36. Northwest Arkansas Music Awards
      37. Northwest Atlantic Marine Alliance

Nama and Rolled Up Interest

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According to Nama's plan, budgeted interest income for 2010-12 will total €9.5 billion but its cashflow projections only show interest income of €4.5 billion for this period. Presumably, the difference of €5 billion is rolled up. I reckon that rolled up interest could total €10.9 billion over the ten years to 2020. If this is included in the €62 billion of principal repaid by borrowers then the "real" default rate on loans would be 34% rather than 20% indicated in the plan. This would transform Nama's projected surplus into a trading deficit of at least €5 billion and signify that the bank/building crisis is far more serious than implied by Nama's plan.

Given that Nama will be taking over loans amounting to almost half of Ireland's GDP, its business plan should, at a minimum, have included "scenario-based" P&L statements and balance sheet projections as well as cashflow forecasts for the ten years. These would have given a fuller picture and facilitated analyses which might have helped anticipate problems identical to those being experienced by the banks that Nama is seeking to rescue.

Letter to the Editor published in the Sunday Business Post on 22nd November 2009.

Anglo Irish Bank & Taxpayers

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The seemingly innocuous decision of Anglo Irish Bank to change its year-end from September to December, presumably with the approval of the Minister for Finance and "public interest" board members, is a striking example of the Government's opaqueness and Machiavellian approach to the banking crisis and Nama. This date change means that the State-owned bank can hide the full extent of its problems until 2011.

Meantime, the Government has gifted almost €4 billion of taxpayers' money to the bank for absolutely no return and will probably need to flush a further €4-6 billion down its plug hole. This is additional to the estimated €28.4 billion of loans to be transferred to Nama. The State is knowingly paying over the odds for the privilege of handling these loans to the extent of, maybe, €3-6 billion.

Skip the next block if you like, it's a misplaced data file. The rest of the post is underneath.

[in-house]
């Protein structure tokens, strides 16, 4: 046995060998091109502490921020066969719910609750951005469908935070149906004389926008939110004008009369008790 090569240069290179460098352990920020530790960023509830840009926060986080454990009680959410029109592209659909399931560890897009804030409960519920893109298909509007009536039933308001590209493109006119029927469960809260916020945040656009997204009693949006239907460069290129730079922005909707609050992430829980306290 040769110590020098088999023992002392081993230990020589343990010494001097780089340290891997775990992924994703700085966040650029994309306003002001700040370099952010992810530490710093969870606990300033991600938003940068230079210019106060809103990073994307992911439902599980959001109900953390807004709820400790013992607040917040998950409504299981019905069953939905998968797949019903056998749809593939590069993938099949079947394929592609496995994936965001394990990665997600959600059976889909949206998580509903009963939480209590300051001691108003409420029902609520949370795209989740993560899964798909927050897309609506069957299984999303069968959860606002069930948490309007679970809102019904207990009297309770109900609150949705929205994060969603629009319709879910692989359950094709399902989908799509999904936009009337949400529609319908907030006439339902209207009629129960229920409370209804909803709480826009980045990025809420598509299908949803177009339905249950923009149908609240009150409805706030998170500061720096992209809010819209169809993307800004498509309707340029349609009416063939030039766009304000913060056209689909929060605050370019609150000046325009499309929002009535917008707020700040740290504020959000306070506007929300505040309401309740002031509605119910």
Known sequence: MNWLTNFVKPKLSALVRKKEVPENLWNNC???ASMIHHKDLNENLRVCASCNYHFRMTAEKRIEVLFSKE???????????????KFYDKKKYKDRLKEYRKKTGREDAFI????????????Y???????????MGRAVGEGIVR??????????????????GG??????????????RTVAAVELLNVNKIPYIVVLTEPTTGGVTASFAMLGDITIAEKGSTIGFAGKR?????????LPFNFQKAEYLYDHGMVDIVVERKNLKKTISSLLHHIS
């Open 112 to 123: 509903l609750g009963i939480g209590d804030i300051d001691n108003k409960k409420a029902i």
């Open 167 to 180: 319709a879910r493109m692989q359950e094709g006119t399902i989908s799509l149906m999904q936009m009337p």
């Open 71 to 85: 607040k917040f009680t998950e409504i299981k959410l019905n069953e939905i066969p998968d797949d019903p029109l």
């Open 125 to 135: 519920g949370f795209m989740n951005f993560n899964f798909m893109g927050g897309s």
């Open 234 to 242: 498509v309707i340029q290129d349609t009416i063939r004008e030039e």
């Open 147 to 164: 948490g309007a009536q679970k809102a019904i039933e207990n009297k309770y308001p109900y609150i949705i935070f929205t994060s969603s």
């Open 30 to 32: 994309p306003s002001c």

On this basis, Anglo is going to cost the Irish taxpayer anything between €8 and €16 billion. This means that up to 15 months of all income tax collected in the State could be used to pay for the reckless behaviour of Anglo's management and some of its clients.

Nama - Horses, Carts and Stable Doors

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Nama's draft business plan projects a profit of €5.5 billion by 2020 even after overpaying €7 billion for loans and incurring expenses of €2.6 billion. Surely, this forecast undermines the need for Nama. In truth, the plan's projections are undoubtedly "very best case" and other scenarios should have been published using lower repayments and interest income, higher defaults etc. These scenarios would explain why the banks are so enthusiastic about passing all their property loans to Nama.

Letter published in the Sunday Business Post on 1st November 2009.

What is the point of the Dail debating the Nama Bill before Nama has undertaken basic research on its prospective loan portfolio and finalised its business plan and strategies? If Nama's draft plan was used to seek €54,000 from investors, it would be rejected out of hand as an extremely poor document. Given that Nama needs to effectively raise an amount which is a million times larger i.e €54,000,000,000, surely no taxpayers' money should be provided until its plan has been fully researched and approved by the Dail. Only at that point would it be appropriate to resume consideration of the Nama Bill. Thoughts of horses, carts and stable doors come to mind.

Letter published in the Sunday Business Post on 8th November 2009.

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This page is an archive of entries from November 2009 listed from newest to oldest.

October 2009 is the previous archive.